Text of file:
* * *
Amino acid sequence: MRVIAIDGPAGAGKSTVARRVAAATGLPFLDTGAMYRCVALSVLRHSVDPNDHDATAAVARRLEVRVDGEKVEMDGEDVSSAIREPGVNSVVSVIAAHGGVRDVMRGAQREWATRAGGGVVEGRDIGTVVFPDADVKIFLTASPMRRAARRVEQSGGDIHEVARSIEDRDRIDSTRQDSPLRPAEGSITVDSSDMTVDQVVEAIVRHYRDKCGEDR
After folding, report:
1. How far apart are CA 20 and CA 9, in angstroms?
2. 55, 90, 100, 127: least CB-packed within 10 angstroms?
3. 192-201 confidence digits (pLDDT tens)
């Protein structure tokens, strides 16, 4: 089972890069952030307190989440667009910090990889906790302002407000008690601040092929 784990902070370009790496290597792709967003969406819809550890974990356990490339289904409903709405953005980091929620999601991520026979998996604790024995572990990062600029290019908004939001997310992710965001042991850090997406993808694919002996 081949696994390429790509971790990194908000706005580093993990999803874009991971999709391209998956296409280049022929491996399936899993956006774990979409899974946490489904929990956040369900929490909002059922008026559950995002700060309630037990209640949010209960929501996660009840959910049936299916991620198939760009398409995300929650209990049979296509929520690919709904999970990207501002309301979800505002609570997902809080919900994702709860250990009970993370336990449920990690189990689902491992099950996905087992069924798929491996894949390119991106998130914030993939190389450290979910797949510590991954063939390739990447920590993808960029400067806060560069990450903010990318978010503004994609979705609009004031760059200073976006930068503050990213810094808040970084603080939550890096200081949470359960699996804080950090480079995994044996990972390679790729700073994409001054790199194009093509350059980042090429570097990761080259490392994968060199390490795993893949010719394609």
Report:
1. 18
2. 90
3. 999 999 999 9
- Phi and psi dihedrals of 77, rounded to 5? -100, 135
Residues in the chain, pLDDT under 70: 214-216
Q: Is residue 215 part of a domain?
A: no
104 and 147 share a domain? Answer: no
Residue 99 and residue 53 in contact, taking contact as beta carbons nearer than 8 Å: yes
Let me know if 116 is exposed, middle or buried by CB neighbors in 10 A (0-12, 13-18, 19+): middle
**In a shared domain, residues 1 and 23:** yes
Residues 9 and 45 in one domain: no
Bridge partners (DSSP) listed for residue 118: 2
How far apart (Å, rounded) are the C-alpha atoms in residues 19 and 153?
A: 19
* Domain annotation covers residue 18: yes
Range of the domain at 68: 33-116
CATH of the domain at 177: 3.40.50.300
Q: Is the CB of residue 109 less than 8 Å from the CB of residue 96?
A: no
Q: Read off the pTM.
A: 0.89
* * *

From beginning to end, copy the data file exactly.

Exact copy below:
Amino acid sequence: MRVIAIDGPAGAGKSTVARRVAAATGLPFLDTGAMYRCVALSVLRHSVDPNDHDATAAVARRLEVRVDGEKVEMDGEDVSSAIREPGVNSVVSVIAAHGGVRDVMRGAQREWATRAGGGVVEGRDIGTVVFPDADVKIFLTASPMRRAARRVEQSGGDIHEVARSIEDRDRIDSTRQDSPLRPAEGSITVDSSDMTVDQVVEAIVRHYRDKCGEDR
After folding, report:
1. How far apart are CA 20 and CA 9, in angstroms?
2. 55, 90, 100, 127: least CB-packed within 10 angstroms?
3. 192-201 confidence digits (pLDDT tens)
């Protein structure tokens, strides 16, 4: 089972890069952030307190989440667009910090990889906790302002407000008690601040092929 784990902070370009790496290597792709967003969406819809550890974990356990490339289904409903709405953005980091929620999601991520026979998996604790024995572990990062600029290019908004939001997310992710965001042991850090997406993808694919002996 081949696994390429790509971790990194908000706005580093993990999803874009991971999709391209998956296409280049022929491996399936899993956006774990979409899974946490489904929990956040369900929490909002059922008026559950995002700060309630037990209640949010209960929501996660009840959910049936299916991620198939760009398409995300929650209990049979296509929520690919709904999970990207501002309301979800505002609570997902809080919900994702709860250990009970993370336990449920990690189990689902491992099950996905087992069924798929491996894949390119991106998130914030993939190389450290979910797949510590991954063939390739990447920590993808960029400067806060560069990450903010990318978010503004994609979705609009004031760059200073976006930068503050990213810094808040970084603080939550890096200081949470359960699996804080950090480079995994044996990972390679790729700073994409001054790199194009093509350059980042090429570097990761080259490392994968060199390490795993893949010719394609």
Report:
1. 18
2. 90
3. 999 999 999 9
- Phi and psi dihedrals of 77, rounded to 5? -100, 135
Residues in the chain, pLDDT under 70: 214-216
Q: Is residue 215 part of a domain?
A: no
104 and 147 share a domain? Answer: no
Residue 99 and residue 53 in contact, taking contact as beta carbons nearer than 8 Å: yes
Let me know if 116 is exposed, middle or buried by CB neighbors in 10 A (0-12, 13-18, 19+): middle
**In a shared domain, residues 1 and 23:** yes
Residues 9 and 45 in one domain: no
Bridge partners (DSSP) listed for residue 118: 2
How far apart (Å, rounded) are the C-alpha atoms in residues 19 and 153?
A: 19
* Domain annotation covers residue 18: yes
Range of the domain at 68: 33-116
CATH of the domain at 177: 3.40.50.300
Q: Is the CB of residue 109 less than 8 Å from the CB of residue 96?
A: no
Q: Read off the pTM.
A: 0.89